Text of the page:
A Home for All Jews

Brandeis University Press  2016

 

Part of the prestigious Schusterman Series in Israeli Studies, this slim volume packs in a surprising amount of facts and perceptions about life and citizenship in Israel. While a scholarly text in scope and content, A Home for All Jews is written in a way that makes it appealing to academics and non-academics alike.

Orit Rozin carefully deconstructs the citizenship rights put into place when the state of Israel was new, honing in on three major concepts that underpin many of the issues that concern modern Israelis and Israel-watchers: the right to childhood, the right to foreign travel, and the right to free speech. A senior lecturer in Jewish history at Tel Aviv University, Rozin is well qualified to write this study. She is part of a new generation of scholars who are dedicated to exploring Israel’s social, cultural, and political history. Rozin’s first book, The Rise of the Individual in 1950s Israel: A Challenge to Collectivism, was well received in the academic community. This new work surpasses that one in its originality, subtlety, and complexity.

In A Home for All Jews, Rozin analyzes how the Jews who established the State of Israel were able to transform themselves from diverse groups of Zionists to citizens of a democratic Jewish nation. She does so using language that highlights the sensibilities of Israel’s population at the same time that it provides meaning and context. The book employs the highly effective, tried-and-true case-study method to show how the Israeli search for inclusion was carried out.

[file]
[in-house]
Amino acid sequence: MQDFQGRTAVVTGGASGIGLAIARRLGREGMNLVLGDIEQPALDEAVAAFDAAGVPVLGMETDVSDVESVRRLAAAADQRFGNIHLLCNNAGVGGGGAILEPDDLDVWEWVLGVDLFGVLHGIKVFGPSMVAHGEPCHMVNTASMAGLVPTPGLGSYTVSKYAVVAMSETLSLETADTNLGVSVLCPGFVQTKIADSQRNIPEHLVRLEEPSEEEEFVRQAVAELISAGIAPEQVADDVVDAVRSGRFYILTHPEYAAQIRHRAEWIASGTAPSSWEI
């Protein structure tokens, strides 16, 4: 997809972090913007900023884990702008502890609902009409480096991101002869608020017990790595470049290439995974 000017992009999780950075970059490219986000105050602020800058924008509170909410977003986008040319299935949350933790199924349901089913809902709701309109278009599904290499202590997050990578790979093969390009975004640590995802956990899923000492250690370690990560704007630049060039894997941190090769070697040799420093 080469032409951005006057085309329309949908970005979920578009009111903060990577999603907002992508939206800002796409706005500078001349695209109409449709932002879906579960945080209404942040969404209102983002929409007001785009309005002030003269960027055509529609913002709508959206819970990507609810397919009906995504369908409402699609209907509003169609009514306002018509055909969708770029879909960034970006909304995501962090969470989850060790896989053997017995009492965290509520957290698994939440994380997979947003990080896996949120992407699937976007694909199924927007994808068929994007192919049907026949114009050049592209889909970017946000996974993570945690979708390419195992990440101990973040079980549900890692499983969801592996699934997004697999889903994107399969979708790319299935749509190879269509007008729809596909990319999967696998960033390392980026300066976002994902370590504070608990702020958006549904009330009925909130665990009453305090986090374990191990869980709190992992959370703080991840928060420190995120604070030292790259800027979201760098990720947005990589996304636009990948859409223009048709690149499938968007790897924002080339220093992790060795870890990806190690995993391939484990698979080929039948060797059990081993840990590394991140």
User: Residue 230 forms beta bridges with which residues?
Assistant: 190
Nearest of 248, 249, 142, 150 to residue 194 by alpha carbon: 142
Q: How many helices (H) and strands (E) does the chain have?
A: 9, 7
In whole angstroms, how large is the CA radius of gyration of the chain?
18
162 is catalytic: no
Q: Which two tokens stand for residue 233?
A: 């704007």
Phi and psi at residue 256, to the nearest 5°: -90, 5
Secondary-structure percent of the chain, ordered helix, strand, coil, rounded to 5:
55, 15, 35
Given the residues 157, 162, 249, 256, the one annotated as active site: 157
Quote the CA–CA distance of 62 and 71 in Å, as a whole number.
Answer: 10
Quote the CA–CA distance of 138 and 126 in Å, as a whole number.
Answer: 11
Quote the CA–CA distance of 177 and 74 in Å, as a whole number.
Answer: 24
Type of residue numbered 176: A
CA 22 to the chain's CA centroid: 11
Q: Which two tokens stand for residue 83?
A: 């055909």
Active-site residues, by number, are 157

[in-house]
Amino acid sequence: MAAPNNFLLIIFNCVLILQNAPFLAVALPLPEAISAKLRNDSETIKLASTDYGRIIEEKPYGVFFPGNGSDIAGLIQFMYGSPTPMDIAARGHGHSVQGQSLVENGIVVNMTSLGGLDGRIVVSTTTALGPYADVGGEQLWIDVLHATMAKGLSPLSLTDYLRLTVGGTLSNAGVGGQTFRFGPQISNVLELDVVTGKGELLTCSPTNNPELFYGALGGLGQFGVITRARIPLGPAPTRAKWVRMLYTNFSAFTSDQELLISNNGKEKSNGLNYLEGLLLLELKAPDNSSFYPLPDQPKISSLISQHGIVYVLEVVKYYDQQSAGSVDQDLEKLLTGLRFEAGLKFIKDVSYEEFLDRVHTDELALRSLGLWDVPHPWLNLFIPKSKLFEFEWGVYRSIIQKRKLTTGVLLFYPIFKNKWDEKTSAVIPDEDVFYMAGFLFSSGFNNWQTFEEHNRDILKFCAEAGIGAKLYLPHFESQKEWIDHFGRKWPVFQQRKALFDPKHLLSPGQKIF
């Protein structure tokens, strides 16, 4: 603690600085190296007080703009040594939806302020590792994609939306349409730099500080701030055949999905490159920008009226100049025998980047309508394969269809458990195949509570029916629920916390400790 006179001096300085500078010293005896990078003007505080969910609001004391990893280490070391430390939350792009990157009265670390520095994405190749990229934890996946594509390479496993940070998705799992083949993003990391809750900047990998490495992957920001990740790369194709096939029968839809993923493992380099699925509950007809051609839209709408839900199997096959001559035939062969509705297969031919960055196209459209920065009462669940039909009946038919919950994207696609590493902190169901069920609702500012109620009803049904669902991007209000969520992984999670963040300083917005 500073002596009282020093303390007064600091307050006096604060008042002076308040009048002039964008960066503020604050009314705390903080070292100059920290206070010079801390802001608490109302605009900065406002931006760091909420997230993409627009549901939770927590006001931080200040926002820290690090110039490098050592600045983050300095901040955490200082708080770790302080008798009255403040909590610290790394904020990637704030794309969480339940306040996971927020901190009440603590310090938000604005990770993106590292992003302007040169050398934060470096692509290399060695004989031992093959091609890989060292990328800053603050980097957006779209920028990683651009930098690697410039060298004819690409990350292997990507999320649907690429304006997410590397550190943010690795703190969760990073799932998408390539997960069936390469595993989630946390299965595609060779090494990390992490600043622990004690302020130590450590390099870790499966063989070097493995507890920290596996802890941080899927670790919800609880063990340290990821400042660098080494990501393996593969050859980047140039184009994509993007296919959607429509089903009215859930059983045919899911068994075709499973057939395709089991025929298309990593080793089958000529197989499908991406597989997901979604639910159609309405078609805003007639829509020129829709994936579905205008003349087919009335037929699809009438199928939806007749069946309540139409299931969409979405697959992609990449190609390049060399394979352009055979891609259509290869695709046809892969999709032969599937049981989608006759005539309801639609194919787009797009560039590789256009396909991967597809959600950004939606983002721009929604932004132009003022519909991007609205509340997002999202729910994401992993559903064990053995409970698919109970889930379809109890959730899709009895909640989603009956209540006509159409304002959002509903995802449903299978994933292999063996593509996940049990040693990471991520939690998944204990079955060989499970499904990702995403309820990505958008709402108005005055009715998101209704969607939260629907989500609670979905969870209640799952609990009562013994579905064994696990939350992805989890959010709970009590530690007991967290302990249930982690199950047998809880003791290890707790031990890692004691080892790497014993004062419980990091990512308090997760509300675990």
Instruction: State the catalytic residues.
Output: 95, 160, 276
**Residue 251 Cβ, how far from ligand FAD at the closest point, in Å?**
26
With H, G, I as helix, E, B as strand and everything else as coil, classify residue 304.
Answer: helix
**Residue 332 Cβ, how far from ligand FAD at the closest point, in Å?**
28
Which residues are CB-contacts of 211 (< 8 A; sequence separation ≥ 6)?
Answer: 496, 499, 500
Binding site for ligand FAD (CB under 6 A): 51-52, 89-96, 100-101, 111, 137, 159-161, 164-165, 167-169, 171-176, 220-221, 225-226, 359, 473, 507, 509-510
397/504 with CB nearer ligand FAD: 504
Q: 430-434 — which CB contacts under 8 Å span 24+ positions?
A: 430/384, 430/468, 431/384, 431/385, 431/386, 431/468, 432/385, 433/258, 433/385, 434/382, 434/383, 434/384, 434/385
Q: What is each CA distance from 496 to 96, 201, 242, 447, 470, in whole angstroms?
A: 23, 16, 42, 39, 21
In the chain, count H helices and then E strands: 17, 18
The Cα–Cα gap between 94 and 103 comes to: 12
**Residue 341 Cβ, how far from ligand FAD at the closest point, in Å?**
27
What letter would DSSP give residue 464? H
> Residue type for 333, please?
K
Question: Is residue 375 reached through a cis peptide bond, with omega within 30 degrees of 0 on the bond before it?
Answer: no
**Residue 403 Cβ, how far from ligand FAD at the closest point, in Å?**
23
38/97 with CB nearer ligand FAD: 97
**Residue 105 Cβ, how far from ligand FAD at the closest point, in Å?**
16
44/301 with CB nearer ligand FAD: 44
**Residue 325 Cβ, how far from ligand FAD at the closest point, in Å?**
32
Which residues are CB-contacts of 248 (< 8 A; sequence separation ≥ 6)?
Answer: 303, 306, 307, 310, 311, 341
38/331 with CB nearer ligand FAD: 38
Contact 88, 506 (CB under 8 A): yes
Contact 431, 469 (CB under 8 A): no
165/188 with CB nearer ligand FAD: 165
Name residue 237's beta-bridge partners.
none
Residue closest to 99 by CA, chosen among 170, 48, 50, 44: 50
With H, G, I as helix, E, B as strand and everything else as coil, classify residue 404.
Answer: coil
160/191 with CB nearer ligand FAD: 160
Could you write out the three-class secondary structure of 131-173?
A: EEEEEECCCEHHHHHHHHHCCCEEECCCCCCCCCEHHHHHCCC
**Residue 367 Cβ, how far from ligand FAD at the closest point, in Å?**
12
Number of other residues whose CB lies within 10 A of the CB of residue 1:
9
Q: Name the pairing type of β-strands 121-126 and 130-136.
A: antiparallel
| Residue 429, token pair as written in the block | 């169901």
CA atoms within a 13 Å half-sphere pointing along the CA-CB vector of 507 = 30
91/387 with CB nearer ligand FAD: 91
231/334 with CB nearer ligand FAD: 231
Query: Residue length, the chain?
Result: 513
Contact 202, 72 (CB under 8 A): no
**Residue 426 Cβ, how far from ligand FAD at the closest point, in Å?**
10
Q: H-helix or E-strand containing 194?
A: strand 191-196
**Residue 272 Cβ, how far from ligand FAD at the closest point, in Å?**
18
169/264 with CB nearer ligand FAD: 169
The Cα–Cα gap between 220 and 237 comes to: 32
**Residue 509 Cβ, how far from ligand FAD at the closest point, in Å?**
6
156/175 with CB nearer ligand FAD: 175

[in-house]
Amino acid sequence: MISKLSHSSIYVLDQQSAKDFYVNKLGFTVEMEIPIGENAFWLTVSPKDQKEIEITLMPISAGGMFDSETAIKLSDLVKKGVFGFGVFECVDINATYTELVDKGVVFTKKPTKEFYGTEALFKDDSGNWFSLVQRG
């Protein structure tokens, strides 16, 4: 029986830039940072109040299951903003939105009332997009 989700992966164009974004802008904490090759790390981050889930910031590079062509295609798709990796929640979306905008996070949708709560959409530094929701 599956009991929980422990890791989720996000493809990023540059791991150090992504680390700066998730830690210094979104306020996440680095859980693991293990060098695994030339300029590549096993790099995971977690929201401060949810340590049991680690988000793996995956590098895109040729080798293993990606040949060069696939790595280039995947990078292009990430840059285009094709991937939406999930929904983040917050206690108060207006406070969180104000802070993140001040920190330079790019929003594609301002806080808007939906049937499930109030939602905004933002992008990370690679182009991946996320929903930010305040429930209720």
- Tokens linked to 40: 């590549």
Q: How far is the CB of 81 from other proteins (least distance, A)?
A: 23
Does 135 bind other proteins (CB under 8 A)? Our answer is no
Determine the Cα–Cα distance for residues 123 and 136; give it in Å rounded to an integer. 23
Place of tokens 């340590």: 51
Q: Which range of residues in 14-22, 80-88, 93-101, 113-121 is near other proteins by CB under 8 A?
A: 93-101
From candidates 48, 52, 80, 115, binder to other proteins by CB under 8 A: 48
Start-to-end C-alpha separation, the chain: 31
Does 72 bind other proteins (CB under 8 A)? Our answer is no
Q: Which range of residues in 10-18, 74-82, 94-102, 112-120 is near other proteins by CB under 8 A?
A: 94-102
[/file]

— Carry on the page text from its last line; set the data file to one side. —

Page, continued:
Rozin’s research is documented through an unusually large number of notes and an outstanding bibliography, both of which provide the reader with an immense amount of source material in addition to undergirding the scholarship with several levels of reliability. A detailed index makes it easy to find material within the text. The translation by Haim Watzman is fluid; without knowing that the book was written in Hebrew, readers would not sense that what they hold in their hand had not been originally created in English.

Throughout the book, Rozin stresses the value of democracy, not only to Israelis, but to all of humanity, and how important it is to continue to provide citizens everywhere with reminders of how much their rights and freedoms matter. The ideas, theories and histories presented in A Home for All Jews serve just that purpose.

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